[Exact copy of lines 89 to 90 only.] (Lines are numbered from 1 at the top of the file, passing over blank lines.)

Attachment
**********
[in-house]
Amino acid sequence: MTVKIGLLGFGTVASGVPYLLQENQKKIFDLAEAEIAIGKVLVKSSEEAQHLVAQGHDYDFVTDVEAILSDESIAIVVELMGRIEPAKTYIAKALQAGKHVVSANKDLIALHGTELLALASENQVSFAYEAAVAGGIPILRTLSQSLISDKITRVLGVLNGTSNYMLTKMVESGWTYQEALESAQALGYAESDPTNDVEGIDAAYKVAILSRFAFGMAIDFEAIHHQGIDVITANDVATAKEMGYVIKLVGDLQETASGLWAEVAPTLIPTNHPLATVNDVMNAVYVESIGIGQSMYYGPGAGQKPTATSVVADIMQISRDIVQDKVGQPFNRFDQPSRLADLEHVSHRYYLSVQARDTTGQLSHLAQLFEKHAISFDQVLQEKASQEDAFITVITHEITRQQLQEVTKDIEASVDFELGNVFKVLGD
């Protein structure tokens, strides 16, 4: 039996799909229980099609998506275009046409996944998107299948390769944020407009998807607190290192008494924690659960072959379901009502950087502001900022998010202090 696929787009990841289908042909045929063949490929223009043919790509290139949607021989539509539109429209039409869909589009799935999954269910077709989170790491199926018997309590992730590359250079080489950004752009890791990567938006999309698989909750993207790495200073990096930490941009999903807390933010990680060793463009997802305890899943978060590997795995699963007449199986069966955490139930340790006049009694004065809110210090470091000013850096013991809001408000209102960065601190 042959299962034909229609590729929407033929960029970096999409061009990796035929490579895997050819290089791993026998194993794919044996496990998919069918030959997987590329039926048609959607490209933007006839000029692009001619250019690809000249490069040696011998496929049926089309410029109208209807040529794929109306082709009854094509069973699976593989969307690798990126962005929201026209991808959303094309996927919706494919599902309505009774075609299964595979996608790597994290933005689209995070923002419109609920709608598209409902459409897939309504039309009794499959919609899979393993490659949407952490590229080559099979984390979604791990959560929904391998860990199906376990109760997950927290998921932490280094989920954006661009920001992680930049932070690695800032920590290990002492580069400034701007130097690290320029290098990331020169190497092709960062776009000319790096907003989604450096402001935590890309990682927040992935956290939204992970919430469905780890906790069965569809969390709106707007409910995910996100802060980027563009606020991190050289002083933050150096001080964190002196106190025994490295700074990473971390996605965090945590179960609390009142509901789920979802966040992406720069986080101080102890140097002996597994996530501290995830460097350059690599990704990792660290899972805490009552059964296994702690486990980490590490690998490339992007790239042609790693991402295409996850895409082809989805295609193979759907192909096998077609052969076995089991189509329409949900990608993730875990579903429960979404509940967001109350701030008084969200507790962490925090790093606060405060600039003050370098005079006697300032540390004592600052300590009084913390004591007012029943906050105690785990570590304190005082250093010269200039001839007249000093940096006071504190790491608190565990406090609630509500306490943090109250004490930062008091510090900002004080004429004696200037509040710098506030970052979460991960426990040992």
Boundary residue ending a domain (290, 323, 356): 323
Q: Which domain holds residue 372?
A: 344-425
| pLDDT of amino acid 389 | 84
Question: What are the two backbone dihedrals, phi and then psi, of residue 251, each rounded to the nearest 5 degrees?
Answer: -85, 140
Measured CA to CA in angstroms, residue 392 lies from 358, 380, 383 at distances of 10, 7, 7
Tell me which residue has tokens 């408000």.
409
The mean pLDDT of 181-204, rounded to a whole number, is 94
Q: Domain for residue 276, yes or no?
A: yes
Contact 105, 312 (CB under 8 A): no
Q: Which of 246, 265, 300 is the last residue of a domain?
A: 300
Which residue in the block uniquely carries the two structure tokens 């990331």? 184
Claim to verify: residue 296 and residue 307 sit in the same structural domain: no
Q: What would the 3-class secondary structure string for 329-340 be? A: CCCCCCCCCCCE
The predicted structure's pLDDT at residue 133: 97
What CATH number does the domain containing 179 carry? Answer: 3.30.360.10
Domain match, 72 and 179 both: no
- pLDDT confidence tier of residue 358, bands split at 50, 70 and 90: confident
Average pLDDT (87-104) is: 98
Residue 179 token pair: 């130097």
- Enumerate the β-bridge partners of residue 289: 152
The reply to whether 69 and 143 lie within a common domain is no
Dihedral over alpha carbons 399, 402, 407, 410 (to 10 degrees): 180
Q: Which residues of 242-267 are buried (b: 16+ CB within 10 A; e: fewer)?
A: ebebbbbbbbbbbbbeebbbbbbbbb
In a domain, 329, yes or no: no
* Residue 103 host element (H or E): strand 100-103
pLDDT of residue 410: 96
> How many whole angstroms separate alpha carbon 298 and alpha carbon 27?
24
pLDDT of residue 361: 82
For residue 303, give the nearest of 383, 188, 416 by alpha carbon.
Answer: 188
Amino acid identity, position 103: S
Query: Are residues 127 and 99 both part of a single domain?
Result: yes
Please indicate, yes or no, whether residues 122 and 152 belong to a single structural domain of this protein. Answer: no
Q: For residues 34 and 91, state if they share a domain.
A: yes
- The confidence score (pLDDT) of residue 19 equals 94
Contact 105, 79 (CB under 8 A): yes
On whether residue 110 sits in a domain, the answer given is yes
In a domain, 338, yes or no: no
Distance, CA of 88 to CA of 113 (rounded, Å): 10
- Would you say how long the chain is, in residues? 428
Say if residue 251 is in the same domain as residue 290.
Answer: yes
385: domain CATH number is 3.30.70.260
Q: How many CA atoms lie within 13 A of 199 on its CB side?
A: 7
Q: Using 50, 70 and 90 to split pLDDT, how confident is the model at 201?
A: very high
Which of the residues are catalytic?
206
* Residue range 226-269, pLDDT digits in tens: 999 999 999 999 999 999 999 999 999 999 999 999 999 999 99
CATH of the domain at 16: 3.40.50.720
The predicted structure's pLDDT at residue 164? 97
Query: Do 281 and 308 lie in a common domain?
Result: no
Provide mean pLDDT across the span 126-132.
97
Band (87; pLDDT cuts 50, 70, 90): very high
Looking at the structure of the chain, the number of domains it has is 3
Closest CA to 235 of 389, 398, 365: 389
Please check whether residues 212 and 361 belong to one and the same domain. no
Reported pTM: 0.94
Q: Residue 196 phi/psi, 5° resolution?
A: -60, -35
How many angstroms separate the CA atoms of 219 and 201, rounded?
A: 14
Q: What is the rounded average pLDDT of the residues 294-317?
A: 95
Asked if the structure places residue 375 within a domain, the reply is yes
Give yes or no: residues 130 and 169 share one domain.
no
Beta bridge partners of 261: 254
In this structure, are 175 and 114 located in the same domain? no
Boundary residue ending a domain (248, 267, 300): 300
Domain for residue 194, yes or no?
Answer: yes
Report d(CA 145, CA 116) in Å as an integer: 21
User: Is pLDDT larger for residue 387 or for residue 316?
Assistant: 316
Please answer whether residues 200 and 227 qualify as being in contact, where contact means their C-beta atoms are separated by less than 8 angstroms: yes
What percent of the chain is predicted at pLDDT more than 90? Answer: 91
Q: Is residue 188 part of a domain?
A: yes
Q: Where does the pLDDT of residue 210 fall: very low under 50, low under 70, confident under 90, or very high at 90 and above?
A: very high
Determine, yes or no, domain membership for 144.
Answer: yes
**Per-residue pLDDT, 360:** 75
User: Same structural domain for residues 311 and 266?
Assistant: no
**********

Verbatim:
User: Is pLDDT larger for residue 387 or for residue 316?
Assistant: 316